• We also have the “Know your Infranaut” sessions to know more about the culture at InfraCloud from employees who have been here for years.
  • This is in addition to bootcamps and workshops for new joinees to help them catch up on the culture here along with the technologies that they will be working on.

How do new tools get introduced?

One often comes across new tools and technologies from reading blog posts or watching conference videos, especially FOSDEM and KubeCon talk recordings. Whenever someone sees a tool that can solve some problem in our project, the process of bringing that into the project starts. This usually involves evaluating that tool by doing PoCs if required, talking with stakeholders, implementing it in the project, and evangelizing internally within the teams so that they adopt it. Our meetups are an excellent place to discuss these. One such example was Helm v3. It was adopted as soon as it was released as it simplified our setup. There are more such examples of Infranauts adopting new tools such as Argo CD, Thanos, Karpenter, and so on.

TGICN (inspired by Joe Beda’s TGIK) is another initiative where a bunch of explorers try out something new in the cloud native space. We’ve discussed topics like Grafana Tanka, Skaffold, CUE lang. So every two weeks, these folks meet and discuss new technologies, and projects on the block that can be utilized in their projects.

TGICN session

TGICN topics

Folks proposing topic to discuss in one of the TGICN Session

You use code reviews as a way to ‘Stay Ahead of the Curve’, one of InfraCloud’s core values. How does that work?

Code reviews at InfraCloud let Infranauts understand the “why” of the change. Of course, they also cover the correctness of the code, test coverage, functionality changes, and conformity to coding guides and best practices. They also help you identify mistakes you might have overlooked or those that automated testing did not catch. The feedback gives you better or different ways to implement similar logic. We believe that code reviews are a two-way learning process. While the newer folks learn how to write efficient code, the experienced ones discover new ways/logics of coding features. You get to know how they think about the overall product from different stakeholders’ perspectives. You learn something new from each code review.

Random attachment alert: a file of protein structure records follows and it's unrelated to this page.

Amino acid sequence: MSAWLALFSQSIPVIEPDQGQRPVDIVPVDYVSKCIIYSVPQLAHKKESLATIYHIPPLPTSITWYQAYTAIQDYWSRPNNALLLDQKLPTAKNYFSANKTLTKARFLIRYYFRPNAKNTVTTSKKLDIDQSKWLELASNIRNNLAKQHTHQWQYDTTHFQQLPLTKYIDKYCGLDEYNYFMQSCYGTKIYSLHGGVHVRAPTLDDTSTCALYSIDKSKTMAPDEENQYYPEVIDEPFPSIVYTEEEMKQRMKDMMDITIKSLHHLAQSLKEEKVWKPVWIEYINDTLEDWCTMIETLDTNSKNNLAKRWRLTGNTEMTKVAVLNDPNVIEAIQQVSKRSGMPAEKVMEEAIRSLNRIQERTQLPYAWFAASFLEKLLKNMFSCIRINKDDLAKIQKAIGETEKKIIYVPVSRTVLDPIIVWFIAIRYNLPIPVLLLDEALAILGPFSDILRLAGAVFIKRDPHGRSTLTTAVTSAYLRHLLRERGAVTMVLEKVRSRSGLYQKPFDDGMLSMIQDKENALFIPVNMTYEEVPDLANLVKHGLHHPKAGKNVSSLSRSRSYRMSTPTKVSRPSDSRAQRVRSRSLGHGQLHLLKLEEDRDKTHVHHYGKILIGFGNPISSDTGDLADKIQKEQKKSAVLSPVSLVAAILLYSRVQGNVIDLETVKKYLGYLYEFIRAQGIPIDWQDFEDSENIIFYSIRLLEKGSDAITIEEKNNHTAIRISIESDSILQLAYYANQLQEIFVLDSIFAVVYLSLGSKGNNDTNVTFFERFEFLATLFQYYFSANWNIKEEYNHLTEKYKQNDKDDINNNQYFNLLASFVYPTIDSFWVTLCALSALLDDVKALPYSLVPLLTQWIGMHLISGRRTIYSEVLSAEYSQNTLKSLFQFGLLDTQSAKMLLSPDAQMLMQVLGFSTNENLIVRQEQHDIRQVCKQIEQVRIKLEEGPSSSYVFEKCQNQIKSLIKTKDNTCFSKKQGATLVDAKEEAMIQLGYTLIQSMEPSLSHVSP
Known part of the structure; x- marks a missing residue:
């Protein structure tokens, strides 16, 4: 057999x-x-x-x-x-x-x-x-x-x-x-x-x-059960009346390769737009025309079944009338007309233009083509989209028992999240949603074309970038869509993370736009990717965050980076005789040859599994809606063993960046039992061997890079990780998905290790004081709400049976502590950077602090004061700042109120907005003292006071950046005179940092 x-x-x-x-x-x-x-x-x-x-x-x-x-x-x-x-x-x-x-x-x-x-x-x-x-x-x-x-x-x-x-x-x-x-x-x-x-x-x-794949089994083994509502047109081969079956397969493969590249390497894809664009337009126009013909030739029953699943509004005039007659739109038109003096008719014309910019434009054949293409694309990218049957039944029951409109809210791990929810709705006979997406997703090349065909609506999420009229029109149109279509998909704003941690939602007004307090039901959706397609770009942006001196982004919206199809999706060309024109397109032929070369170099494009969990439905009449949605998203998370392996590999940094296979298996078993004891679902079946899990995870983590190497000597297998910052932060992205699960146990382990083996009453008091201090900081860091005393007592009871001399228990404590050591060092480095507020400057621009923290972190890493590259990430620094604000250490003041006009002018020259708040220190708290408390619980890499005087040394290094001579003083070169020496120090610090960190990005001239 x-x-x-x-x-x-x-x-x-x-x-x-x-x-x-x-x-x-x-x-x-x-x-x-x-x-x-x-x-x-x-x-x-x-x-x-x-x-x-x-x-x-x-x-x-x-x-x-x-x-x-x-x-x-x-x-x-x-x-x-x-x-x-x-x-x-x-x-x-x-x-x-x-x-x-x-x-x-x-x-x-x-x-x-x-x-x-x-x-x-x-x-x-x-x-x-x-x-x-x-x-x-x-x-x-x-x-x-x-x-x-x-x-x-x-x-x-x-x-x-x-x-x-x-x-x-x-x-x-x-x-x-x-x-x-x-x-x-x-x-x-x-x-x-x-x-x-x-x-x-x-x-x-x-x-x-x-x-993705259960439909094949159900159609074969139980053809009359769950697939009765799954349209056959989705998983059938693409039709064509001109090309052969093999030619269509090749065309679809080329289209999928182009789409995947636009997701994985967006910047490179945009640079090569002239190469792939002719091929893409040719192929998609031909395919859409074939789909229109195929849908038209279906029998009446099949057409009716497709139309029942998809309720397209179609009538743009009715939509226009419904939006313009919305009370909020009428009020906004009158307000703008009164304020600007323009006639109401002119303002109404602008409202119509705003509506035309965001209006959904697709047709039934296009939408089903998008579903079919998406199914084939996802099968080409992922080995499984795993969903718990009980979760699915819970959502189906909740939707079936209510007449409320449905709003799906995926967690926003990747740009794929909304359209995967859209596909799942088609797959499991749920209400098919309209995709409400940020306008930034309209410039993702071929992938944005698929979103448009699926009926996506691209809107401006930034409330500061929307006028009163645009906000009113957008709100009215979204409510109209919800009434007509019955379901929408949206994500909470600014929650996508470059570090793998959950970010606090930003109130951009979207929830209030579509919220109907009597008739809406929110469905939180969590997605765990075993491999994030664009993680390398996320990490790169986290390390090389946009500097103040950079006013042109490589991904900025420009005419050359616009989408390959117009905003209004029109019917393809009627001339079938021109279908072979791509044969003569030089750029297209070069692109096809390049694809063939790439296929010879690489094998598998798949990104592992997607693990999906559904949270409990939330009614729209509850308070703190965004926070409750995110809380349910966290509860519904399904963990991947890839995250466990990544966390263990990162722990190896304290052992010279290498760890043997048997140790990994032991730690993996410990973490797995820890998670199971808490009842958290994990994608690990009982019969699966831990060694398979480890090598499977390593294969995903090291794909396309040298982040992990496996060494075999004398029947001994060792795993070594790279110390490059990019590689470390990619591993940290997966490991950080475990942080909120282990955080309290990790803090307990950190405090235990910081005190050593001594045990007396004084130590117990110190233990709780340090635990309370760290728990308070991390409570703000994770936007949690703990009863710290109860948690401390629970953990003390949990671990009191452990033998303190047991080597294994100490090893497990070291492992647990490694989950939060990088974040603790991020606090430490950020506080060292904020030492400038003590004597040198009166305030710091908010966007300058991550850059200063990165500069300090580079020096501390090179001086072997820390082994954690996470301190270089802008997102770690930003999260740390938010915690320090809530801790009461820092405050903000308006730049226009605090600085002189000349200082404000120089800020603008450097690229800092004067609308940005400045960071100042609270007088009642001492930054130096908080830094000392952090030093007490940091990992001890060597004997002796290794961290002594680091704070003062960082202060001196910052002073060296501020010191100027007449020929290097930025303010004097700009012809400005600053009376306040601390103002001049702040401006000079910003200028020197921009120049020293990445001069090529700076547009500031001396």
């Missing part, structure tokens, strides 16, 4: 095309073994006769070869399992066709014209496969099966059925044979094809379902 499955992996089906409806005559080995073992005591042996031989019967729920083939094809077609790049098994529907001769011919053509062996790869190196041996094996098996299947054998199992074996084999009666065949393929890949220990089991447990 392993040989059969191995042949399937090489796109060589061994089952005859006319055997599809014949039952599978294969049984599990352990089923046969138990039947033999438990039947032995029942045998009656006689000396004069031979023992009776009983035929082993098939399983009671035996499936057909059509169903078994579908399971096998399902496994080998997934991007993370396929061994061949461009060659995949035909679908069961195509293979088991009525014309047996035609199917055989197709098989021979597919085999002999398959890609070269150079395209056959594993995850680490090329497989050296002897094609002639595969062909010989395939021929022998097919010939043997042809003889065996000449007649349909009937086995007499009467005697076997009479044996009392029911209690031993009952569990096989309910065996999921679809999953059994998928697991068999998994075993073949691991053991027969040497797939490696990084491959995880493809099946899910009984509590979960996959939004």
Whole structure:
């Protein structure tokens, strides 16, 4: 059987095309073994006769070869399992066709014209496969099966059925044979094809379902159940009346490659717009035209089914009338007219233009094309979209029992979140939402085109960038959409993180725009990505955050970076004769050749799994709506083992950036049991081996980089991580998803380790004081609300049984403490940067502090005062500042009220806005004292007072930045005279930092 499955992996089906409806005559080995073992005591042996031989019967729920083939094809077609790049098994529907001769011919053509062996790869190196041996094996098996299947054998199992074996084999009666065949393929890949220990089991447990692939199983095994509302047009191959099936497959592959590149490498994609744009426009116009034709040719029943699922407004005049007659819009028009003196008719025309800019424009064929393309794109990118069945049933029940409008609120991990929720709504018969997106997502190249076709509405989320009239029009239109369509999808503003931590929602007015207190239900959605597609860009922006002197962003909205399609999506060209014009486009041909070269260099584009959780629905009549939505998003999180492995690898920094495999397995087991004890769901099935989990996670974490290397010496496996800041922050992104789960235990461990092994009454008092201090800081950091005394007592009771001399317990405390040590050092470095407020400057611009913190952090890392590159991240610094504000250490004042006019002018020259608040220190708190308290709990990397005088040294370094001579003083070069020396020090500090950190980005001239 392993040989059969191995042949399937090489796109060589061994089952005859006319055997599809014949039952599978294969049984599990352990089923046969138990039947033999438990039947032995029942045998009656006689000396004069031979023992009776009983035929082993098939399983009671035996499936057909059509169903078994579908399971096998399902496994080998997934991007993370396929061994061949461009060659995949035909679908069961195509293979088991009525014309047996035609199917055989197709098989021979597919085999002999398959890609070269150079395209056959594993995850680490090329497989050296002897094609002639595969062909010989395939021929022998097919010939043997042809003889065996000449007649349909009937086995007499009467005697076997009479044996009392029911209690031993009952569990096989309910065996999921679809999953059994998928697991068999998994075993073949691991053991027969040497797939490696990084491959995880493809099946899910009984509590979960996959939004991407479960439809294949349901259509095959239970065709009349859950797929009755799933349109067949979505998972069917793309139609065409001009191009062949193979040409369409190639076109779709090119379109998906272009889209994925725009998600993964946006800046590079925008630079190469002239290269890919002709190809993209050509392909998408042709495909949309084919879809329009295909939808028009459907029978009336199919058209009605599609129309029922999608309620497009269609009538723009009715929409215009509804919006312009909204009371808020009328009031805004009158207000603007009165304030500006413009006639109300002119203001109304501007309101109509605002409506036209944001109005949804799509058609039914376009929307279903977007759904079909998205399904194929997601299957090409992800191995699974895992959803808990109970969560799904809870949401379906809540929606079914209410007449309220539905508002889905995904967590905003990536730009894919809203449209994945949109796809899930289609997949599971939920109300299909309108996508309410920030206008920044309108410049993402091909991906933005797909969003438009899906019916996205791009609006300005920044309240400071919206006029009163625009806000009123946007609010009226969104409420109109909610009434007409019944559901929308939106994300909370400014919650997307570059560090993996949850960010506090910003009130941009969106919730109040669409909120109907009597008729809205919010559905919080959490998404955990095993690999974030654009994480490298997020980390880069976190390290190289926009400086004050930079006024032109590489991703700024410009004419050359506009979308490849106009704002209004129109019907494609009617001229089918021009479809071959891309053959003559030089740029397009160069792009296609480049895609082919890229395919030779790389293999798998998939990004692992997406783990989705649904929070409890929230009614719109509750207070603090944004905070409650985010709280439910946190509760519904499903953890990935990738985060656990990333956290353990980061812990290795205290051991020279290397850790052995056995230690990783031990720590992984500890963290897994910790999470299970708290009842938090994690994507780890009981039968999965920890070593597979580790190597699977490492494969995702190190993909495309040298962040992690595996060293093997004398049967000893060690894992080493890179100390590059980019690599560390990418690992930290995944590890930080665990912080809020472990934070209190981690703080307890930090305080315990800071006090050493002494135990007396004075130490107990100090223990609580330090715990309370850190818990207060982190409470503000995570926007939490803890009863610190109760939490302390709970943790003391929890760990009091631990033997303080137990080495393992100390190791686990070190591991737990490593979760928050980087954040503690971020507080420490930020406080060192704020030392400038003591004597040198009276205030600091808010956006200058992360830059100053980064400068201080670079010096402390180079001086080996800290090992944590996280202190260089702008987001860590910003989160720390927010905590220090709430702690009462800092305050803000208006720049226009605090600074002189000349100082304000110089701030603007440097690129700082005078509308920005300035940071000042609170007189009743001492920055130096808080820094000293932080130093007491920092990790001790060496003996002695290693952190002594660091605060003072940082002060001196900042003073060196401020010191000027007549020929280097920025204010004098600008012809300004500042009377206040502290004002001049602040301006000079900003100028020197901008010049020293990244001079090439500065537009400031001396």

What soft skills are InfraCloud engineers encouraged to build to get better at work?

  • Communicating effectively is the most important one, especially when asynchronous communication is a major part of how we interact, given that we are remote and working with folks across time zones. This skill is much needed when working with different stakeholders – be it clients or peers, to communicate things like your progress, the issues/blockers you face, and more.
  • Another important skill is storytelling, in the context of writing blog posts or giving talks in community meetups/conferences. This is basically a skill of presenting a topic in a way where you engage the audience. And this helps in your work as well, for example, while giving demos to stakeholders, mentoring someone, or even writing technical documentation.
  • Team Work: Infranauts are always eager to learn and try to do something out of the box. You’ll find some of us going that extra mile, interacting with folks from other teams and working on some novel solutions. In the process, we learn how to work in teams and contribute towards a larger cause.